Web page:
registry are given in Section 2.  New values for the Certificate
   types from the unassigned space are assigned through IETF Review.

   In Section 5, this document defines two types for the "NOTIFY Message
   Types" subregistry under "Host Identity Protocol (HIP) Parameters".

   As this document obsoletes [RFC6253], references to [RFC6253] in IANA
   registries have been replaced by references to this document.  This
   document changes the "HIP Certificate Types" registry in Section 2.

   The following updates to the "HIP Certificate Types" registry have
   been made.

      The references have been updated from [RFC6253] to this document.

      This document obsoleted the type numbers "2", "4", "6", and "8"
      for the Simple Public Key Infrastructure (SPKI) certificates.

7.  Security Considerations

   Certificate grouping allows the certificates to be sent in multiple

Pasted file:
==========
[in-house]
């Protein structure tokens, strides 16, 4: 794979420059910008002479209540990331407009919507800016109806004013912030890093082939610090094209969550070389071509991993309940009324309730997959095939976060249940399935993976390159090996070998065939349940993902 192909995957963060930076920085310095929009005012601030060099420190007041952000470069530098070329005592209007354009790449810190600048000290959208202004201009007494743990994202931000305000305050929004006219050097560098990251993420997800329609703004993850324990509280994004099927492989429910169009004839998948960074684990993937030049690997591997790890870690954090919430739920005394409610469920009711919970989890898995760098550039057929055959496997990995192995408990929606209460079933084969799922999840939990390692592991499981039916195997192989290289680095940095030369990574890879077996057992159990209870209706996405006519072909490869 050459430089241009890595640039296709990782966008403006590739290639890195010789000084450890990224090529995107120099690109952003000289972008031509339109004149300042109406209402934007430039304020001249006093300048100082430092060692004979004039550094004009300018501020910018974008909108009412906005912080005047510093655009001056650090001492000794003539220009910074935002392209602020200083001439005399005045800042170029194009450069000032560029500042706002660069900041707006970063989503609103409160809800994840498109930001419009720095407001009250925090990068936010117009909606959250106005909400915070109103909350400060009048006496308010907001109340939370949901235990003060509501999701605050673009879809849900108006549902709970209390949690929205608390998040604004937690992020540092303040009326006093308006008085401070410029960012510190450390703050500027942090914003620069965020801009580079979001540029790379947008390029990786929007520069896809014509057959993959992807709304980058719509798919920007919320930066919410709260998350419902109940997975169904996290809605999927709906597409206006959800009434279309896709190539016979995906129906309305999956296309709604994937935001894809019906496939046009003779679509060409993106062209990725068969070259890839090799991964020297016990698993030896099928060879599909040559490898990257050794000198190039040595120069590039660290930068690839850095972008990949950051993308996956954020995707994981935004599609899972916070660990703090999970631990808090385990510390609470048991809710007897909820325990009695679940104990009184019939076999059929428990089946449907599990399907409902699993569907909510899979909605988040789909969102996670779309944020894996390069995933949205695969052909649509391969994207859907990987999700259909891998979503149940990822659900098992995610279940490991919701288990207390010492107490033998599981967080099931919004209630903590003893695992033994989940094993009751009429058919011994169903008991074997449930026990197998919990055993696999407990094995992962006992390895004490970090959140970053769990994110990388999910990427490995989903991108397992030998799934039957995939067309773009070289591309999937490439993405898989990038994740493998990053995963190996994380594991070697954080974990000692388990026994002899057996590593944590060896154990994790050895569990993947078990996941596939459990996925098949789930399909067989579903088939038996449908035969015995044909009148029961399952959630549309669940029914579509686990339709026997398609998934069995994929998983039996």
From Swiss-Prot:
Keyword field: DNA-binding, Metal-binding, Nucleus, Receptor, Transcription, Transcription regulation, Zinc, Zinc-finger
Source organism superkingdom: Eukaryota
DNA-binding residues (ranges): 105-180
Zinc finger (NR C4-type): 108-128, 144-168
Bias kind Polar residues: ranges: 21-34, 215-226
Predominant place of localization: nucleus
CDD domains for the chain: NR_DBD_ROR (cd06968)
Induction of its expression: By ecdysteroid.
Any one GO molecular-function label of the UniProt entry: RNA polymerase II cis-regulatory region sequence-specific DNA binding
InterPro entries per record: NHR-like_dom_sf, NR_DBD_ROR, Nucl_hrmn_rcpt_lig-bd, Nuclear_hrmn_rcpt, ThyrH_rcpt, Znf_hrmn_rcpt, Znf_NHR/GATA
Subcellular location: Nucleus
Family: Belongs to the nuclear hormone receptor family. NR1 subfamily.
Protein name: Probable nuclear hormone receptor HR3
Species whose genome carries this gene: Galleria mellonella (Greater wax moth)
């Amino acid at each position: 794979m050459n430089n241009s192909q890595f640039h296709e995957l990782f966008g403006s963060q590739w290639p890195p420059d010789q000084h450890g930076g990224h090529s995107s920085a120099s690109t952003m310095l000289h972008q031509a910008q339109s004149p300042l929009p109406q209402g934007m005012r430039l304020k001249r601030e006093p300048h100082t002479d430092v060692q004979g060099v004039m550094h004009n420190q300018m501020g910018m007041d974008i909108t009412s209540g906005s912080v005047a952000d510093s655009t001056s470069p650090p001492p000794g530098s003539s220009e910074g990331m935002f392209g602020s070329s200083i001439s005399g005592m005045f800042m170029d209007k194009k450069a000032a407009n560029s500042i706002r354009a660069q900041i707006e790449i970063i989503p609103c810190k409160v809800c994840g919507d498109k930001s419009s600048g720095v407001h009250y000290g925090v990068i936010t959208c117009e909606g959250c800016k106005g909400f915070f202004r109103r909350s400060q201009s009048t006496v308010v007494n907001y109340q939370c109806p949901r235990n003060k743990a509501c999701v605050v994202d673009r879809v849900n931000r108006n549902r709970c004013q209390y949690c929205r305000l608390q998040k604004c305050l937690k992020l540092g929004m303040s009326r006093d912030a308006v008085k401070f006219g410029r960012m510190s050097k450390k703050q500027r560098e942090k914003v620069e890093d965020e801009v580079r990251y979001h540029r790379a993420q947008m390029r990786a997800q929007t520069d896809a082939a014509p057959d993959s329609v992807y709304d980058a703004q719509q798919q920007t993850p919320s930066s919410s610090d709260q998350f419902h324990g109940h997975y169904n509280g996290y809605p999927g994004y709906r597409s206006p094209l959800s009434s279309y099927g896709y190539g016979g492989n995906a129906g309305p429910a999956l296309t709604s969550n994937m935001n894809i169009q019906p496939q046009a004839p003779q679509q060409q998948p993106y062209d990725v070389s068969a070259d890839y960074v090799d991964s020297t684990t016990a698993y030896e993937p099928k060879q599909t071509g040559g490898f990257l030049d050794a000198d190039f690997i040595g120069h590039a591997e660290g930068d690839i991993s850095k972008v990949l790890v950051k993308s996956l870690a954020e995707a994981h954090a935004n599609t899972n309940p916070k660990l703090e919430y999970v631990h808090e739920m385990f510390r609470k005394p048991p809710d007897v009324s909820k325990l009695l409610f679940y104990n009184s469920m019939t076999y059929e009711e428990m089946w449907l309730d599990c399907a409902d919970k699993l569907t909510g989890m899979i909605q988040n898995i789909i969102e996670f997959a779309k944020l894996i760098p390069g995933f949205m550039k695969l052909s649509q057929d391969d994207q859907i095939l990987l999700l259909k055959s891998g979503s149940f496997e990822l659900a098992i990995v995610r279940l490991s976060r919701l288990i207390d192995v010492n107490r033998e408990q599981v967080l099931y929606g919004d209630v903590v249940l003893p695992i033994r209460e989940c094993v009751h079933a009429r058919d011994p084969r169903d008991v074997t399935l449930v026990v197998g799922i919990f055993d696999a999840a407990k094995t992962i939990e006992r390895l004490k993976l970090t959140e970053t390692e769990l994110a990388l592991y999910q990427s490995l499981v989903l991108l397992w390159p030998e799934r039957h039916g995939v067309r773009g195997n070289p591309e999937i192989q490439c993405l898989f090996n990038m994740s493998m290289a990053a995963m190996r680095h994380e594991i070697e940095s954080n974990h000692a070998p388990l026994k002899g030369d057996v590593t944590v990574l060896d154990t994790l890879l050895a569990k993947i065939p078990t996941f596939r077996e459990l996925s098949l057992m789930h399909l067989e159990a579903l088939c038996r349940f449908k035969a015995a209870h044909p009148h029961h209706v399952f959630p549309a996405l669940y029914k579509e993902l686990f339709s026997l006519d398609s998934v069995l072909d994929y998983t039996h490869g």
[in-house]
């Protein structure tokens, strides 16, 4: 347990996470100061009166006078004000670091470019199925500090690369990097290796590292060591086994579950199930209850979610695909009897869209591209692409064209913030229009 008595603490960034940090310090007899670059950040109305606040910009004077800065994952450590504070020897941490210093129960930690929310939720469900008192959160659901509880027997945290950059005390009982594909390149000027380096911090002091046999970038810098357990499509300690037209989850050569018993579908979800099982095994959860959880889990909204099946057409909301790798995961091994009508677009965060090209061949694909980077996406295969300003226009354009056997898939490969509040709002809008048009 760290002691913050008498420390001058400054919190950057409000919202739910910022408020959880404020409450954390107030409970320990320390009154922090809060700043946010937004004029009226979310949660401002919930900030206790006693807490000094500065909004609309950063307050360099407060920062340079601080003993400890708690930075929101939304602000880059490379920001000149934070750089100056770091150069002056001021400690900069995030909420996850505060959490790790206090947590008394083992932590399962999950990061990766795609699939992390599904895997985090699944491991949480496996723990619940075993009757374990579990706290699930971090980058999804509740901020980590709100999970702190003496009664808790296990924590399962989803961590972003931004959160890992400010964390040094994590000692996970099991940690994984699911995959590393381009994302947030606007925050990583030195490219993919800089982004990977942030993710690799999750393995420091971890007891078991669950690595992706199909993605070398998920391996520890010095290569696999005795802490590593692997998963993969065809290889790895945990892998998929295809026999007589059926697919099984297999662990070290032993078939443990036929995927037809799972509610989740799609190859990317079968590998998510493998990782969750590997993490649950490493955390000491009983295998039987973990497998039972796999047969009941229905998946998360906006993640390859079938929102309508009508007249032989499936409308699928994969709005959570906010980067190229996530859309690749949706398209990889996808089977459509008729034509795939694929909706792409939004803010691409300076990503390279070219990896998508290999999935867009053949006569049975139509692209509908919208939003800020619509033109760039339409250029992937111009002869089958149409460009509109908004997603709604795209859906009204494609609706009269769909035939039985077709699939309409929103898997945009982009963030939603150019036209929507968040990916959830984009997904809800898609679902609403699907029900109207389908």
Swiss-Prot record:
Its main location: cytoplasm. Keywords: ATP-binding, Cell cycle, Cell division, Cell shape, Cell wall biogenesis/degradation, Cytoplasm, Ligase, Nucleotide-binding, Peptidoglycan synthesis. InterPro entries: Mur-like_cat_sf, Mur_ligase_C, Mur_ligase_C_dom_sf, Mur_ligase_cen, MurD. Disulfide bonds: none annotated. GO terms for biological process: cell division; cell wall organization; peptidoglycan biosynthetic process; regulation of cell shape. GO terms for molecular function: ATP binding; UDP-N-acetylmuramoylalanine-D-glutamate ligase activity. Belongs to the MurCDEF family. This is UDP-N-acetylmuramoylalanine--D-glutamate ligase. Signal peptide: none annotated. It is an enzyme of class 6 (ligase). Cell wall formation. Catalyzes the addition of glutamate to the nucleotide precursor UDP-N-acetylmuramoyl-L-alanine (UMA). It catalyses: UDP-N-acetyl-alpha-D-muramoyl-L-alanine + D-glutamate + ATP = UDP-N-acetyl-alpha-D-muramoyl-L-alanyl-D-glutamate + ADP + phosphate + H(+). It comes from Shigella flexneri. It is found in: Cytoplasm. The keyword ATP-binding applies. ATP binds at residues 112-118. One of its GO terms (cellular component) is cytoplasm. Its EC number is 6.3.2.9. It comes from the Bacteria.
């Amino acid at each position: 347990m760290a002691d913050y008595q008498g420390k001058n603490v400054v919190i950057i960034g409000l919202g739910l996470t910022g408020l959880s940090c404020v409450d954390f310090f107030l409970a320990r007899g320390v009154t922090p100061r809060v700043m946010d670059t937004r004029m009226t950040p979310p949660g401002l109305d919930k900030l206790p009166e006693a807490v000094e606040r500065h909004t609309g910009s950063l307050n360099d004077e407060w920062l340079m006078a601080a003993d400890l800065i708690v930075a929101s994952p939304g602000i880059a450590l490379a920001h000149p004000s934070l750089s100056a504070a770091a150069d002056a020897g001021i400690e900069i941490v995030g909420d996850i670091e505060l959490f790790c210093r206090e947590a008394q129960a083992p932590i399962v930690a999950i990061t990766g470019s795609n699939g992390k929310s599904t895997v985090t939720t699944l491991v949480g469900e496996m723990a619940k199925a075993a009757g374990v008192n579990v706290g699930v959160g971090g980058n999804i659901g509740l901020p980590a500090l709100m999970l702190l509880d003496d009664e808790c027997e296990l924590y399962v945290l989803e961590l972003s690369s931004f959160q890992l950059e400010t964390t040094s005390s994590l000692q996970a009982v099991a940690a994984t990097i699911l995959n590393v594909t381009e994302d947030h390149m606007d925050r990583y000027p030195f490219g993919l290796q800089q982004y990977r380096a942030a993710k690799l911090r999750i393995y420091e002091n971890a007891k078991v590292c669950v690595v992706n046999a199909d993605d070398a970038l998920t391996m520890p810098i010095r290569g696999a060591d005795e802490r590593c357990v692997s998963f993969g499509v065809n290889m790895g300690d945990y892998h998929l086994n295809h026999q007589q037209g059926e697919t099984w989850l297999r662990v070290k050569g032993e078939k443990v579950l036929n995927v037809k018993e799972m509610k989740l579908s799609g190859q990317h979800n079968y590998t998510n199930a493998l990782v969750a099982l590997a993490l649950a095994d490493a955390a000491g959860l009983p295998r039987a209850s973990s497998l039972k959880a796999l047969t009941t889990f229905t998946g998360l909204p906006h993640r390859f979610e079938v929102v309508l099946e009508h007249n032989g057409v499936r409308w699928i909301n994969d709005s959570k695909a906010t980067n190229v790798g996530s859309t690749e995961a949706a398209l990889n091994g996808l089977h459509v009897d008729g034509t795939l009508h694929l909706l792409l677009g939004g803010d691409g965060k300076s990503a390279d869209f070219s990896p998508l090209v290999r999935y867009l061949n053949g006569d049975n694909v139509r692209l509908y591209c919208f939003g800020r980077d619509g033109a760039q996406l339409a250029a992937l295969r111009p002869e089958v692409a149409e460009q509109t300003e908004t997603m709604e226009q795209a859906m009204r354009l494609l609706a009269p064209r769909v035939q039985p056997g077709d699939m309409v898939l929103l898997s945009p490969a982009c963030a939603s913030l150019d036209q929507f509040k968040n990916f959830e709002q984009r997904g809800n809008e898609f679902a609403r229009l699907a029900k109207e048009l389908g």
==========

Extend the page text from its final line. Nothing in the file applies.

consecutive packets.  This might allow similar attacks, as IP-layer
   fragmentation allows, for example, the sending of fragments in the
   wrong order and skipping some fragments to delay or stall packet
   processing by the victim in order to use resources (e.g., CPU or
   memory).  Hence, hosts SHOULD implement mechanisms to discard
   certificate groups with outstanding certificates if state space is

   Although the CERT parameter is allowed in the I1 packet, it is NOT
   RECOMMENDED because it can increase the processing times of I1s,
   which can be problematic when processing storms of I1s.  Furthermore,
   the Initiator has to take into consideration that the Responder can
   drop the CERT parameter in I1 without processing the parameter.

   Checking of the URL and LDAP entries might allow denial-of-service
   (DoS) attacks, where the target host may be subjected to bogus work.

   Security considerations for X.509 v3 are discussed in [RFC5280].

8.  Differences from RFC 6253

   This section summarizes the technical changes made from [RFC6253].